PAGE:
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Wednesday, 7 March, 2001, 17:46 GMT
Tanusevci flashpoint
villagers fleeing to Kosovo
Villagers have fled to Kosovo to escape the fighting
Balkans correspondent Paul Wood reports on the view from the Macedonian border village where violence flared.

Cradling the baby she had carried across the snowy, heavily-mined border, Rufadije Jakupi told me how she had huddled in a cellar with her children during a three-hour bombardment by the Macedonian security forces.

An American officer later told me he thought the Macedonians had been using Katjusha rockets against Tanusevci, the village the women had fled.

We will not negotiate with terrorist, militarist elements who spread racial and ethnic hatred

Boris Trajkovski, Macedonian President
"The Macedonian army behaves worse than the Serbs ever did in Kosovo," Rufadije told me at the house just inside Kosovo where she is staying with her five children and a group of about 30 other refugees.

Clashes erupted in Tanusevci - just inside Macedonia and overlooking the border with Kosovo - two weeks ago. Ethnic Albanian rebels still held the village, but were surrounded by the Macedonian security forces.

There are several explanations as to why the fighting should have started now, and why it should be in Tanusevci.

I first went to the village almost two years ago. They told me then it would be Macedonia's Prekaz - referring to the place where the ethnic Albanian rebellion began in Kosovo - and events could yet bear out their prediction.

Many Albanians from Tanusevci joined the Kosovo Liberation Army - even though they were Macedonian citizens. It is these men who today form the core of the new group fighting in Macedonia, the National Liberation Army, or NLA.


Tanusevci, with a population of about 800, is completely ethnic Albanian. The Macedonian police and army, who are mainly drawn from the republic's Slav Orthodox population, were never welcome there and the village has often seemed on the edge of violence.

Local people say these current clashes began when the security forces shot dead a 22-year-old ethnic Albanian farmer as he planted his potatoes.

To the villagers and fighters of the NLA, this is a long overdue war of self-defence which started because one day the Macedonian security forces went too far.

This version of events is vigorously denied by the authorities. They point out that three Macedonian soldiers have been killed on the border in recent days.

The authorities say that what is happening is an attempt by ethnic Albanians fighting in Serbia's Presevo Valley to destabilise the whole region by spreading the violence into Macedonia.

What is described as an occupation of Tanusevci by terrorists is seen in Skopje as the result of dissatisfaction, on the part of ethnic Albanians in southern Serbia, with the border demarcation agreement signed by Macedonia and Yugoslavia just a few weeks ago.

'Problem from Kosovo'

The official line in Skopje is that the NLA is a problem from Kosovo, not a Macedonian-based organisation. I have spoken to members of the NLA, and they say this is precisely what they are and they intend widening their campaign to all the ethnic Albanian areas of Macedonia.

Macedonia President Boris Trajkovski
President Trajkovski: no negotiations with 'terrorists'

As with the war in Kosovo, a battle for territory is being presented to the West as simply a struggle for human rights. The unstated aim is for all ethnic Albanians, from southern Serbia, through Kosovo and Macedonia to Albania itself, to be able to live in one state: "Greater Albania".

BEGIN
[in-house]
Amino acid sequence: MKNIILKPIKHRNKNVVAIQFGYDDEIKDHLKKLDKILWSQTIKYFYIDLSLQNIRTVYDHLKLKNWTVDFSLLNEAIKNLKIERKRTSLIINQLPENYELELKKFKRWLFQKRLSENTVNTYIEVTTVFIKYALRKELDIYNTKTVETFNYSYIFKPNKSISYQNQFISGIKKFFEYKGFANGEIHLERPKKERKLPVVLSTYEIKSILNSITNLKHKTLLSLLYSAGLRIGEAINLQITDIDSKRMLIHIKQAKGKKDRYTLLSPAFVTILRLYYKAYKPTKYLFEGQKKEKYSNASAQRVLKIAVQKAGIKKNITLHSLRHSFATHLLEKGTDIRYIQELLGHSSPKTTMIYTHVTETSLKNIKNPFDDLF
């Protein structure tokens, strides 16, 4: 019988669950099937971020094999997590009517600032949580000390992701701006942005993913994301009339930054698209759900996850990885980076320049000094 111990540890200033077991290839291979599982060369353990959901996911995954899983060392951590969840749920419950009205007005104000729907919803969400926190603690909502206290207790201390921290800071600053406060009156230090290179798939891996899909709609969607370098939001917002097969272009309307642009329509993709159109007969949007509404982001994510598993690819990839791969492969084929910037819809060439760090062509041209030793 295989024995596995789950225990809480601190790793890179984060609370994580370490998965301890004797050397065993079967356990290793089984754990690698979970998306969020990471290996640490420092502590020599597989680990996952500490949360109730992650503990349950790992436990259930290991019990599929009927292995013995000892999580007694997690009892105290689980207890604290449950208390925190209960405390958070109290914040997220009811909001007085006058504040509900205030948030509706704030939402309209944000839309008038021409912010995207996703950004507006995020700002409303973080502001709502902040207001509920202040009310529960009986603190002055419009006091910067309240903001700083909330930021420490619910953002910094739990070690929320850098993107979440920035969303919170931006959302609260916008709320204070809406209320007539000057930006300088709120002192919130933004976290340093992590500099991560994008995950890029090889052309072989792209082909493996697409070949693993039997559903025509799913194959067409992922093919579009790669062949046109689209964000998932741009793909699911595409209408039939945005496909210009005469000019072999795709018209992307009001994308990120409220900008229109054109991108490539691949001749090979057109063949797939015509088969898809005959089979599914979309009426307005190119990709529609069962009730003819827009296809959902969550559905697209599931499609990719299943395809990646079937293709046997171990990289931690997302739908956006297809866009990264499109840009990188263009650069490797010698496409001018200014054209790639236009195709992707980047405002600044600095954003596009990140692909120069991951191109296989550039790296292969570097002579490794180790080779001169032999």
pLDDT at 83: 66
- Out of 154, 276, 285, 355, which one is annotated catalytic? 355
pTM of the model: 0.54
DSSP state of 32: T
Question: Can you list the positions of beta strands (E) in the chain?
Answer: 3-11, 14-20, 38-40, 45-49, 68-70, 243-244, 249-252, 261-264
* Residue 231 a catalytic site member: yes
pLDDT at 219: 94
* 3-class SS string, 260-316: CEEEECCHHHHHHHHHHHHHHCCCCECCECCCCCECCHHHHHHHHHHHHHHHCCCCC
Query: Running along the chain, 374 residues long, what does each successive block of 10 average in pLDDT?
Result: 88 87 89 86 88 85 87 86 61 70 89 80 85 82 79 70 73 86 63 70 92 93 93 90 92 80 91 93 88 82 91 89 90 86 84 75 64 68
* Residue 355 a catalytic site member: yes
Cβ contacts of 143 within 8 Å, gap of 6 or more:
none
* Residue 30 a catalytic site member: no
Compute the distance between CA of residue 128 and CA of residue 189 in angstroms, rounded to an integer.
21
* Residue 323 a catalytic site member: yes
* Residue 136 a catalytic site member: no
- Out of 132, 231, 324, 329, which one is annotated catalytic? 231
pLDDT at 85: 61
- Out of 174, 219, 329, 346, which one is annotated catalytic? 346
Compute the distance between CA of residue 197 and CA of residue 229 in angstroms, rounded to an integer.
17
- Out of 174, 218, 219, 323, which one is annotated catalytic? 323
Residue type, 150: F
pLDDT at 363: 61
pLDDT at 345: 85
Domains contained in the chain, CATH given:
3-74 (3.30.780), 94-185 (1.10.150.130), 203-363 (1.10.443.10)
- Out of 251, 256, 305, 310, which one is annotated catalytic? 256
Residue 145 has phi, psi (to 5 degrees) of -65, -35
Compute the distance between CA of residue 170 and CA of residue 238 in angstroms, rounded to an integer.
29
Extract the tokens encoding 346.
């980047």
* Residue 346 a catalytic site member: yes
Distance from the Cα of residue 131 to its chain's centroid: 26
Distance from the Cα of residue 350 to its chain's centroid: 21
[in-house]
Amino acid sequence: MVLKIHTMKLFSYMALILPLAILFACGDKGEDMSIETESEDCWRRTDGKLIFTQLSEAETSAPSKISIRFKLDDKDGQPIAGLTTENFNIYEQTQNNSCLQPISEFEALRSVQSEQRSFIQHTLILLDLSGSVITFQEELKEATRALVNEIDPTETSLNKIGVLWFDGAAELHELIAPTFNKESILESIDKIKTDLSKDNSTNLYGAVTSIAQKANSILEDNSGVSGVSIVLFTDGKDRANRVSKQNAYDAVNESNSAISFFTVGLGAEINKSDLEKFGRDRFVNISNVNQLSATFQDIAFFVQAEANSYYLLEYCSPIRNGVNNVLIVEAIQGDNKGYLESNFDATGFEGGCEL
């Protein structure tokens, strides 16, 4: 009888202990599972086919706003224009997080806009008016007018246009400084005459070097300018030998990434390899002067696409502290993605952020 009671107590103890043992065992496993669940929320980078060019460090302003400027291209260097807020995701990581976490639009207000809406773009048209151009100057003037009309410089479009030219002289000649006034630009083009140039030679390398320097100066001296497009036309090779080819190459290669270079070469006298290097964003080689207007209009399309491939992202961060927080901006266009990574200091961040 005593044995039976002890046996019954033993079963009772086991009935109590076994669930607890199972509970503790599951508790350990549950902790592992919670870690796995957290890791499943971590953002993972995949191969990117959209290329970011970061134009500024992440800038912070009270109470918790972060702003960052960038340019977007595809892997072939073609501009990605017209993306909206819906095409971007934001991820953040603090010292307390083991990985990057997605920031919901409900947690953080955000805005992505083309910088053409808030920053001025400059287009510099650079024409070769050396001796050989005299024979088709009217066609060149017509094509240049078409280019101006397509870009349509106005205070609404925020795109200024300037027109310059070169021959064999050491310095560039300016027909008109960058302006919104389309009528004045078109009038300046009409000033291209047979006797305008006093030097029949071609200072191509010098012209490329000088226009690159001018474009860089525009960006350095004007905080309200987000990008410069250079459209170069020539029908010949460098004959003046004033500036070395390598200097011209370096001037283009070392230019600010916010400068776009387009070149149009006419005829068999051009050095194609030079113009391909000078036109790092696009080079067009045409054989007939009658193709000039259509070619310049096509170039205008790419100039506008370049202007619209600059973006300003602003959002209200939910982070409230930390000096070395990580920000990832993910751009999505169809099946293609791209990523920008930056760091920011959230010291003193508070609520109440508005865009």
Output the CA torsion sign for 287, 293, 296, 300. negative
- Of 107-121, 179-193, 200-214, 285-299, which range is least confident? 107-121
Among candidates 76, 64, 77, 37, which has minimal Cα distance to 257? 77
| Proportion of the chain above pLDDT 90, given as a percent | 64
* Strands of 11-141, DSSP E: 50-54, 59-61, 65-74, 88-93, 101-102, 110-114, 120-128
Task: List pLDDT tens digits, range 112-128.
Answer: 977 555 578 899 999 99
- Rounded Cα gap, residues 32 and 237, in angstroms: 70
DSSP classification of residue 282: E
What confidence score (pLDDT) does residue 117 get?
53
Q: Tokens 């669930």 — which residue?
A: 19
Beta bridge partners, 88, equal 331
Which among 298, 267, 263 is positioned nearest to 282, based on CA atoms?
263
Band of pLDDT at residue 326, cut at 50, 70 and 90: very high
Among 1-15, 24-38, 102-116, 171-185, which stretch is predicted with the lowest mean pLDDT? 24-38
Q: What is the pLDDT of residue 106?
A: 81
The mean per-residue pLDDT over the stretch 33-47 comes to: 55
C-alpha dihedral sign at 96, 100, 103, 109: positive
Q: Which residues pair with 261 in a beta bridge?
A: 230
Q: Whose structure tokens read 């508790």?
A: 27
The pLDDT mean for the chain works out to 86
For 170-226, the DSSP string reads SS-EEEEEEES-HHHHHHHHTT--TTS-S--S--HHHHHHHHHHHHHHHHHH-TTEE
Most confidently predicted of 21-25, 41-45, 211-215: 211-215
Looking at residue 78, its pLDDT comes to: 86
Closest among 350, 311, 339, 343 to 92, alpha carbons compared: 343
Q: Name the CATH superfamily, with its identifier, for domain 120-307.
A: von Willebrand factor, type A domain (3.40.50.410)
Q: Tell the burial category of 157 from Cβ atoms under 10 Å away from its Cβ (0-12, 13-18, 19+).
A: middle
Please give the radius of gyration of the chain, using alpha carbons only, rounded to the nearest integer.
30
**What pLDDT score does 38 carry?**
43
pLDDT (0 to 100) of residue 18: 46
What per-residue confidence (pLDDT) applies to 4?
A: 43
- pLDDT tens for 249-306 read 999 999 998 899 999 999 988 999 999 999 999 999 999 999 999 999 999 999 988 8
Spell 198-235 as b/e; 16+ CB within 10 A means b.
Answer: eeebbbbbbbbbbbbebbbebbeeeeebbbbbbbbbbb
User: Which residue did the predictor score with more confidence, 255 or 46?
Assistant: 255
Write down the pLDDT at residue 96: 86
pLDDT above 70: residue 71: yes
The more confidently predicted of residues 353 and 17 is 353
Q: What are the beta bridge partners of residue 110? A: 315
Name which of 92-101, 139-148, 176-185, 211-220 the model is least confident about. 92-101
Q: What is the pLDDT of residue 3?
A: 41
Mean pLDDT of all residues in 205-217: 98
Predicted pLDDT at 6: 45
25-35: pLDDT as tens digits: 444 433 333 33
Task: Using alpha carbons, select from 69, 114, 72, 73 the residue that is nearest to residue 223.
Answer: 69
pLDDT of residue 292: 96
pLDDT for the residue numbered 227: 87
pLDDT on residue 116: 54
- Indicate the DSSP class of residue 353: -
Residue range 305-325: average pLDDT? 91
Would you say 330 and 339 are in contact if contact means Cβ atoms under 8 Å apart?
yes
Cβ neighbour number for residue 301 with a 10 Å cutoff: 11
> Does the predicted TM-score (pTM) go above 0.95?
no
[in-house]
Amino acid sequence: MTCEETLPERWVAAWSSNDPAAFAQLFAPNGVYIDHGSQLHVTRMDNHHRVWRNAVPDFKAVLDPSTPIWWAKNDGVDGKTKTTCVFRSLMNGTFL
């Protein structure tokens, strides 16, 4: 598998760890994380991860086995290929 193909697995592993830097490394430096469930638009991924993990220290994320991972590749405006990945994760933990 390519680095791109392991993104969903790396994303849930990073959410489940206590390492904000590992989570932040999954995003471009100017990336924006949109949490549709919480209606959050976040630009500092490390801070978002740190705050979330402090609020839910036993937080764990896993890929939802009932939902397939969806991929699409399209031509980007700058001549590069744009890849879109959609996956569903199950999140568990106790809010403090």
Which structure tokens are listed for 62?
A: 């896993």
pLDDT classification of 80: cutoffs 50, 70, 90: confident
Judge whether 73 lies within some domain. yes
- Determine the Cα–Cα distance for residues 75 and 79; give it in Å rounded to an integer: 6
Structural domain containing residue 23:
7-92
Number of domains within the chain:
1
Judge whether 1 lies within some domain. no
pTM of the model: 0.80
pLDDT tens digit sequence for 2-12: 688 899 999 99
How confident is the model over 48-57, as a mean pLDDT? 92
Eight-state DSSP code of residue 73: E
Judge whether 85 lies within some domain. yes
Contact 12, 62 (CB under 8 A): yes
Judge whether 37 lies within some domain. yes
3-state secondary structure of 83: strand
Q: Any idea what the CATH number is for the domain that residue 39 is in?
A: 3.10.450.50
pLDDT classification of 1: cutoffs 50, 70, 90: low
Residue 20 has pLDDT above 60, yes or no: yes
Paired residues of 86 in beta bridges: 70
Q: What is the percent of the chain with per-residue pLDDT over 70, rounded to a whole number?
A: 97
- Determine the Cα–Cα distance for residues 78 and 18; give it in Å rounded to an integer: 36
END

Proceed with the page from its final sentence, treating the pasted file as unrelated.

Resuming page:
The rebels do not have international support for this and the outside world is backing the Macedonian government in its efforts to maintain stability in the republic.

In a dramatic and hard-hitting speech to parliament, the Macedonian President, Boris Trajkovski, said he would not give up one single metre of the republic's territory to "extremists and terrorists". "We will not negotiate with terrorist, militarist elements who spread racial and ethnic hatred," he added.

One view is that the Macedonian Government is deliberately playing down the origins of the NLA, not wanting to lend them credibility by giving the organisation a name and status.

The Macedonian Army behaves worse than the Serbs ever did in Kosovo

Rufadije Jakupi, Albanian refugee
Others have put forward a rather Balkan conspiracy theory, which is that the Macedonian Government provoked the clashes in Tanusevci because it needed a crisis to distract attention from a burgeoning bugging and telephone-tapping scandal at home.

There is no evidence for this, or for another story, which is that the fighting began as a dispute between ethnic Albanian and Macedonian Mafia gangs over the division of profits from the smuggling of cigarettes.

Macedonia's Albanians

Macedonia does have a multi-ethnic government which includes an ethnic Albanian party.

Honour guard for Macedonian soldier
Three Macedonian soldiers died in recent border clashes
"They [the NLA] have not found support from any Albanian political structures, starting from the government of Albania to the smallest political parties," said Menduh Thaci, deputy leader of the Democratic Party of Albanians, the biggest Albanian political party in Macedonia.

This may be true - but in Kosovo, the Kosovo Liberation Army did not have support from the biggest ethnic Albanian political party.

There are nevertheless worrying signs that the violence in Macedonian may be escalating.

So far, the country has remained untouched by the ethnic conflict which devastated other former Yugoslav republics. But people there are now asking if they will be next.

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See also:

07 Mar 01 | Europe
US troops in Kosovo border clash
07 Mar 01 | Europe
Yugoslavia may help stop rebels
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